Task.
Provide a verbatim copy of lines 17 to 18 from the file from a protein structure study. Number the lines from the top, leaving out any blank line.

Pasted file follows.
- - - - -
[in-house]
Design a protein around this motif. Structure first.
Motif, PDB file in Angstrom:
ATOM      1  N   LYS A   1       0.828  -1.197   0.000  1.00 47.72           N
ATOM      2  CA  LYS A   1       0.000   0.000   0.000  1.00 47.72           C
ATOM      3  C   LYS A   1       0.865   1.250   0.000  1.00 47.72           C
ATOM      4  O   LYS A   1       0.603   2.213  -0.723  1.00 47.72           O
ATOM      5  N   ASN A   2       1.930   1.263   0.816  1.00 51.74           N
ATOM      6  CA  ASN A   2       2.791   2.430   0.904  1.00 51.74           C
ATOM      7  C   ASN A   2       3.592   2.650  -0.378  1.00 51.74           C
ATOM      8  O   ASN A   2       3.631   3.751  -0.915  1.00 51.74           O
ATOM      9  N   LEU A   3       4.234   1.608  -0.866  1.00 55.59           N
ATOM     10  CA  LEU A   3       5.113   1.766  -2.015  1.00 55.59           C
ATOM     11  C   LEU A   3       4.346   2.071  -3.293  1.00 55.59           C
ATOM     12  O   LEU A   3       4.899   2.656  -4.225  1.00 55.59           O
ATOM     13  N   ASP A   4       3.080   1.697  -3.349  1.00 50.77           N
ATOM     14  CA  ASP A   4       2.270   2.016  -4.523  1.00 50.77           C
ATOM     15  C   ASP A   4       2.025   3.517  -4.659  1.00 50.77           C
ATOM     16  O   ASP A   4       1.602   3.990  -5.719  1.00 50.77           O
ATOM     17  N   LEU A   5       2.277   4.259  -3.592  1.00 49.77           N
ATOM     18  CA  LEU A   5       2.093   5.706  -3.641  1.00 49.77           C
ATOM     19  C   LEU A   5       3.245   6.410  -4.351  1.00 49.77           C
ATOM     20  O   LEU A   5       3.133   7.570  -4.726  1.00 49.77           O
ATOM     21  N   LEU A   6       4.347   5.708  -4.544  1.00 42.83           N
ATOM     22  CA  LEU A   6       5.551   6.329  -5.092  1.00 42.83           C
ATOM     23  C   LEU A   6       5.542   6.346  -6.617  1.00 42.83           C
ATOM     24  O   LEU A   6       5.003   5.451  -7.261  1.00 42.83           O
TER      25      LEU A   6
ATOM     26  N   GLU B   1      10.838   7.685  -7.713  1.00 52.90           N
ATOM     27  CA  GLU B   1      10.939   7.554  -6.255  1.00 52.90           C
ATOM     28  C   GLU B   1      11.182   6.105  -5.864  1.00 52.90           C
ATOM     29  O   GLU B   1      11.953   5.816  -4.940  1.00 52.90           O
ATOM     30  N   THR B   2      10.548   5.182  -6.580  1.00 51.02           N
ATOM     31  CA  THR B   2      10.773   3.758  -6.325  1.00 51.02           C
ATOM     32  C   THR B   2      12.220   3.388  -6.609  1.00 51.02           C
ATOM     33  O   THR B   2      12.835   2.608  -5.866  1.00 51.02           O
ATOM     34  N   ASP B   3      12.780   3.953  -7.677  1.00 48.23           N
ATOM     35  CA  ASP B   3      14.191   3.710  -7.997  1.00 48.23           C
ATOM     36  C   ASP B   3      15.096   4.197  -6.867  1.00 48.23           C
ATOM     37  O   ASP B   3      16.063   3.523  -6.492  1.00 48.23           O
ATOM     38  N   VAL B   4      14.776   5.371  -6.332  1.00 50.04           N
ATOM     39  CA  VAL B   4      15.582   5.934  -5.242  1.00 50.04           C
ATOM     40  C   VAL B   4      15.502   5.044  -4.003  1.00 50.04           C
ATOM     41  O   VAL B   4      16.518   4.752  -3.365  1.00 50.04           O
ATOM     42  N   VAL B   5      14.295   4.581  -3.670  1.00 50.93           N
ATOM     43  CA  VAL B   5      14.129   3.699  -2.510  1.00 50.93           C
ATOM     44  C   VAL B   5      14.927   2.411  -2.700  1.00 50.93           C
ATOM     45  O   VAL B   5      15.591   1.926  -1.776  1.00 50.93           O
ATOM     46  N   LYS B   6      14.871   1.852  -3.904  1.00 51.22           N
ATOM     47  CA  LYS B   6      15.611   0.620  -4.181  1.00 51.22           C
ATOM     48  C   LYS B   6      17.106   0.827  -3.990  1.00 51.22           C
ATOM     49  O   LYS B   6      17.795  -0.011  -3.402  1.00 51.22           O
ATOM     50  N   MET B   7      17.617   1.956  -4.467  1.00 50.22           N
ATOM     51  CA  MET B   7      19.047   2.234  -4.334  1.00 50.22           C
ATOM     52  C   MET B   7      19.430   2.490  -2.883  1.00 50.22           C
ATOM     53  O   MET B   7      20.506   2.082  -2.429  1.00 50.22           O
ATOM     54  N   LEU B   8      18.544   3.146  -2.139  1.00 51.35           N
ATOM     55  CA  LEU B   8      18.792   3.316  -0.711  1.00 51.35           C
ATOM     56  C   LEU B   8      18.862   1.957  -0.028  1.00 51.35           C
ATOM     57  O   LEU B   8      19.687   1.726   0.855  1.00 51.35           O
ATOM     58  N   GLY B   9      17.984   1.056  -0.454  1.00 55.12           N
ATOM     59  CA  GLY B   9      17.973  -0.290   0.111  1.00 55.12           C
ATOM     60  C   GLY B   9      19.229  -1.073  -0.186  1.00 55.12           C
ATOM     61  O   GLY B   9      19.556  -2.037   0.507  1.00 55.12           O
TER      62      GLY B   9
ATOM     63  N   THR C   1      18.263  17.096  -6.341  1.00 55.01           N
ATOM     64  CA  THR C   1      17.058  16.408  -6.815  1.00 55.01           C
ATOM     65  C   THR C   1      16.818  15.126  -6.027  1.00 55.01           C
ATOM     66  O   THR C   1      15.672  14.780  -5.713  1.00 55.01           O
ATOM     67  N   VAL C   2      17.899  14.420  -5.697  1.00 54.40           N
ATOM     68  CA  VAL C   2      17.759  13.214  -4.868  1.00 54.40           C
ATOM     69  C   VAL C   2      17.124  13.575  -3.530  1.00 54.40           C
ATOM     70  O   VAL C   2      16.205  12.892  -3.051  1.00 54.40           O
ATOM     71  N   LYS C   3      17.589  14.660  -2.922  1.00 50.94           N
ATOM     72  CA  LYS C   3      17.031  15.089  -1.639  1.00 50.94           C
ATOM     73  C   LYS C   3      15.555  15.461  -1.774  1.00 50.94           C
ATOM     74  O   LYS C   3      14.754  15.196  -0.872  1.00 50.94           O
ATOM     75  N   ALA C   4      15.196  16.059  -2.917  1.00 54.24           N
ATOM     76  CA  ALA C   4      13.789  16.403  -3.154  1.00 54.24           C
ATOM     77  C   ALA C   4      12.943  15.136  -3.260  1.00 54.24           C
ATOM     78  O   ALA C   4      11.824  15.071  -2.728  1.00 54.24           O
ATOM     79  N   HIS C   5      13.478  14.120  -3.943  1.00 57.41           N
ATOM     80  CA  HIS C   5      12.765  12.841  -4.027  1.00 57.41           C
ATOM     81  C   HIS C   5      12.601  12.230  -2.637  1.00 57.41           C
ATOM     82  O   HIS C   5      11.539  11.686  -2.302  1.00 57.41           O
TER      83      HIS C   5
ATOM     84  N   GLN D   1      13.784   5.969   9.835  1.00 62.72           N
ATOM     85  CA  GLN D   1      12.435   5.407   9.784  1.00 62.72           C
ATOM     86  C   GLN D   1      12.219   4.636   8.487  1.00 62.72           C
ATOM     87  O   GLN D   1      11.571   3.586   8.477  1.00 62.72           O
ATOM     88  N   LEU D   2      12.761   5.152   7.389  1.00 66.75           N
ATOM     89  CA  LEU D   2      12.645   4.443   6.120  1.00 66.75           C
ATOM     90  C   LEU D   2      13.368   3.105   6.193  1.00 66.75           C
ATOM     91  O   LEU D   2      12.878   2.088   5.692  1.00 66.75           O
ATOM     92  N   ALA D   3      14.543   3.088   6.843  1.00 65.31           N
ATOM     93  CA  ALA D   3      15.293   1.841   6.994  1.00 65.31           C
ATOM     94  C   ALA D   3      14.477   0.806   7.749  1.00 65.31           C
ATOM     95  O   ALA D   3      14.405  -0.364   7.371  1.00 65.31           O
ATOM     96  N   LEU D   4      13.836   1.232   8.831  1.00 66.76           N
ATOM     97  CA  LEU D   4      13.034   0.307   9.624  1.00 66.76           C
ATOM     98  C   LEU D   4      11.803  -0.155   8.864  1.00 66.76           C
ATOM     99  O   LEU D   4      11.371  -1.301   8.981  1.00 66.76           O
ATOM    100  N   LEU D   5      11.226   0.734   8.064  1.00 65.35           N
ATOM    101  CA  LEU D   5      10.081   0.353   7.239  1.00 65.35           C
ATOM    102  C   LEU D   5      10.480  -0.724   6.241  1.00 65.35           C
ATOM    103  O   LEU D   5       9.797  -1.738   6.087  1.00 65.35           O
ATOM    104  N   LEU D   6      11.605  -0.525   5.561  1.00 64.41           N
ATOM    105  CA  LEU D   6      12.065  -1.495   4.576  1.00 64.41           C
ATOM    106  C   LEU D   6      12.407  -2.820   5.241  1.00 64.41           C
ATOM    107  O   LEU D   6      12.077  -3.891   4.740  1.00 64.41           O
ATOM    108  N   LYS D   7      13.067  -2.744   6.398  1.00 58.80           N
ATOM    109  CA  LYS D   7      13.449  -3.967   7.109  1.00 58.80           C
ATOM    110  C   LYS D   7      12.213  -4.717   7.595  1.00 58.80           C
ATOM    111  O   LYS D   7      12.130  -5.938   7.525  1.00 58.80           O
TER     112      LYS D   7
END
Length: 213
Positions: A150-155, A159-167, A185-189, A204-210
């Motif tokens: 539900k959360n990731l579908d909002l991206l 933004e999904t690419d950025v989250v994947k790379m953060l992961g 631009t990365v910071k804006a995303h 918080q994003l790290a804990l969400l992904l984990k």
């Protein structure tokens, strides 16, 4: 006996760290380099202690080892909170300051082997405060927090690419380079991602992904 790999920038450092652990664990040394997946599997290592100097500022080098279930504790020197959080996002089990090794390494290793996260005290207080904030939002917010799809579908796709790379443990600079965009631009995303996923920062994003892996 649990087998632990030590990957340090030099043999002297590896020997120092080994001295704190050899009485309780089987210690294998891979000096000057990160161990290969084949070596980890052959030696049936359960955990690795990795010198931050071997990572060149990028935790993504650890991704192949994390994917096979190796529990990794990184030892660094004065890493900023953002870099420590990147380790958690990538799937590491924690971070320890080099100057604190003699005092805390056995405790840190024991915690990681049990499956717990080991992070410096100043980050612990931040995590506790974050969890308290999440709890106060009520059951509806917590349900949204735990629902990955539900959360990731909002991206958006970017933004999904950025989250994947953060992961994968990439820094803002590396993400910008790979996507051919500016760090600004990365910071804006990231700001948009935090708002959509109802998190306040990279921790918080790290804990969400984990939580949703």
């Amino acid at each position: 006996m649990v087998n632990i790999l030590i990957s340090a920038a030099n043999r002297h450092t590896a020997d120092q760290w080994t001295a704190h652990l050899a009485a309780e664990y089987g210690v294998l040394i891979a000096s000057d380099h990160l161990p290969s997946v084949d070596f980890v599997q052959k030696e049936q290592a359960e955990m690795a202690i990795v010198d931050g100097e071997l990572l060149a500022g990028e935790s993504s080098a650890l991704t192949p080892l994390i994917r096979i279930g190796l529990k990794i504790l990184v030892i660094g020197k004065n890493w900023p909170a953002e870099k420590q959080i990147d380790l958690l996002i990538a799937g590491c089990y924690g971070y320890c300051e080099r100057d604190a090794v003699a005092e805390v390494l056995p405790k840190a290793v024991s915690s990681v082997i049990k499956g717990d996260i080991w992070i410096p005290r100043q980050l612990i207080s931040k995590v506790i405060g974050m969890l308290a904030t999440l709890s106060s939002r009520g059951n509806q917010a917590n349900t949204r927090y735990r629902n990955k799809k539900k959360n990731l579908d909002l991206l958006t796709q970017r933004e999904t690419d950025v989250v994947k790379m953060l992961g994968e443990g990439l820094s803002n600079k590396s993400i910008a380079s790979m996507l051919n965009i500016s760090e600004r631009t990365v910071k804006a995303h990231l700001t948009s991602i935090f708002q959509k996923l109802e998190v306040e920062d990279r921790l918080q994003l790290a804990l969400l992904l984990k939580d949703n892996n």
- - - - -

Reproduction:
ATOM     14  CA  ASP A   4       2.270   2.016  -4.523  1.00 50.77           C
ATOM     15  C   ASP A   4       2.025   3.517  -4.659  1.00 50.77           C